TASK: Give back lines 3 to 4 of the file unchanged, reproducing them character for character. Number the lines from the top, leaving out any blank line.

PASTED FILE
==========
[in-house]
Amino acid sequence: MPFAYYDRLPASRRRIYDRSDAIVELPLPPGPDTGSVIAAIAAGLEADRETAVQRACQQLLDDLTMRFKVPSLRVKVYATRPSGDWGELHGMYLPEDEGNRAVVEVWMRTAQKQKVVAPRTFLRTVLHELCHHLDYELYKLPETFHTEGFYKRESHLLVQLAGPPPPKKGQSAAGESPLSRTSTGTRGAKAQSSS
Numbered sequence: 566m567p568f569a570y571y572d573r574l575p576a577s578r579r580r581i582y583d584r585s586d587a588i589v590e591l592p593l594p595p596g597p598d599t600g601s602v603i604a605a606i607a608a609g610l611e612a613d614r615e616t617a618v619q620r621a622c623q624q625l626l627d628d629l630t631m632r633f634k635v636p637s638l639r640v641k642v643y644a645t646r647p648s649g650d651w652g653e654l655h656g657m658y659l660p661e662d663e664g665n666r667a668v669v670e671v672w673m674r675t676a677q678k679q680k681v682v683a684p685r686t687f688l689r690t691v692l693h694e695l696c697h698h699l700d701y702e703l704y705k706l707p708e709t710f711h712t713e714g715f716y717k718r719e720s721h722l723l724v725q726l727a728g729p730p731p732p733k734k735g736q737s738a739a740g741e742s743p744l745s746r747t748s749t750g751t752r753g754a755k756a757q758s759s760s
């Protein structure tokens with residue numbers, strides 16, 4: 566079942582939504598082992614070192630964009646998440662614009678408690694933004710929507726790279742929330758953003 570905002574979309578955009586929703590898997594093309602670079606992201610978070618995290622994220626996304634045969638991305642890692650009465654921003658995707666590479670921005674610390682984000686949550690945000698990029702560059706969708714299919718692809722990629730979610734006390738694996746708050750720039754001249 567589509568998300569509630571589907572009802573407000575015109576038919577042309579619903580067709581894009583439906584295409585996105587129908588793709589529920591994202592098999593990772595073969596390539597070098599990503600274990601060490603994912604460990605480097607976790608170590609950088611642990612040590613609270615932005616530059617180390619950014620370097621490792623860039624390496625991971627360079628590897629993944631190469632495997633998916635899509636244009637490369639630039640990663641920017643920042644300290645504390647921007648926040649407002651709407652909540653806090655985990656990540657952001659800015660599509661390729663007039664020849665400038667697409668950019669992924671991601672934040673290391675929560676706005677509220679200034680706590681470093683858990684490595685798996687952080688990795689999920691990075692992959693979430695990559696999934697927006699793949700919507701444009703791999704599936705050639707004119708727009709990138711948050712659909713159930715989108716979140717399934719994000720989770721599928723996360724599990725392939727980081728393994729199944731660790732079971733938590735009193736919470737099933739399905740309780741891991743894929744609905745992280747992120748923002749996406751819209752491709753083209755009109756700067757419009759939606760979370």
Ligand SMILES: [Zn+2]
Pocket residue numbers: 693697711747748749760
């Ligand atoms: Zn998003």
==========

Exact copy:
Numbered sequence: 566m567p568f569a570y571y572d573r574l575p576a577s578r579r580r581i582y583d584r585s586d587a588i589v590e591l592p593l594p595p596g597p598d599t600g601s602v603i604a605a606i607a608a609g610l611e612a613d614r615e616t617a618v619q620r621a622c623q624q625l626l627d628d629l630t631m632r633f634k635v636p637s638l639r640v641k642v643y644a645t646r647p648s649g650d651w652g653e654l655h656g657m658y659l660p661e662d663e664g665n666r667a668v669v670e671v672w673m674r675t676a677q678k679q680k681v682v683a684p685r686t687f688l689r690t691v692l693h694e695l696c697h698h699l700d701y702e703l704y705k706l707p708e709t710f711h712t713e714g715f716y717k718r719e720s721h722l723l724v725q726l727a728g729p730p731p732p733k734k735g736q737s738a739a740g741e742s743p744l745s746r747t748s749t750g751t752r753g754a755k756a757q758s759s760s
């Protein structure tokens with residue numbers, strides 16, 4: 566079942582939504598082992614070192630964009646998440662614009678408690694933004710929507726790279742929330758953003 570905002574979309578955009586929703590898997594093309602670079606992201610978070618995290622994220626996304634045969638991305642890692650009465654921003658995707666590479670921005674610390682984000686949550690945000698990029702560059706969708714299919718692809722990629730979610734006390738694996746708050750720039754001249 567589509568998300569509630571589907572009802573407000575015109576038919577042309579619903580067709581894009583439906584295409585996105587129908588793709589529920591994202592098999593990772595073969596390539597070098599990503600274990601060490603994912604460990605480097607976790608170590609950088611642990612040590613609270615932005616530059617180390619950014620370097621490792623860039624390496625991971627360079628590897629993944631190469632495997633998916635899509636244009637490369639630039640990663641920017643920042644300290645504390647921007648926040649407002651709407652909540653806090655985990656990540657952001659800015660599509661390729663007039664020849665400038667697409668950019669992924671991601672934040673290391675929560676706005677509220679200034680706590681470093683858990684490595685798996687952080688990795689999920691990075692992959693979430695990559696999934697927006699793949700919507701444009703791999704599936705050639707004119708727009709990138711948050712659909713159930715989108716979140717399934719994000720989770721599928723996360724599990725392939727980081728393994729199944731660790732079971733938590735009193736919470737099933739399905740309780741891991743894929744609905745992280747992120748923002749996406751819209752491709753083209755009109756700067757419009759939606760979370």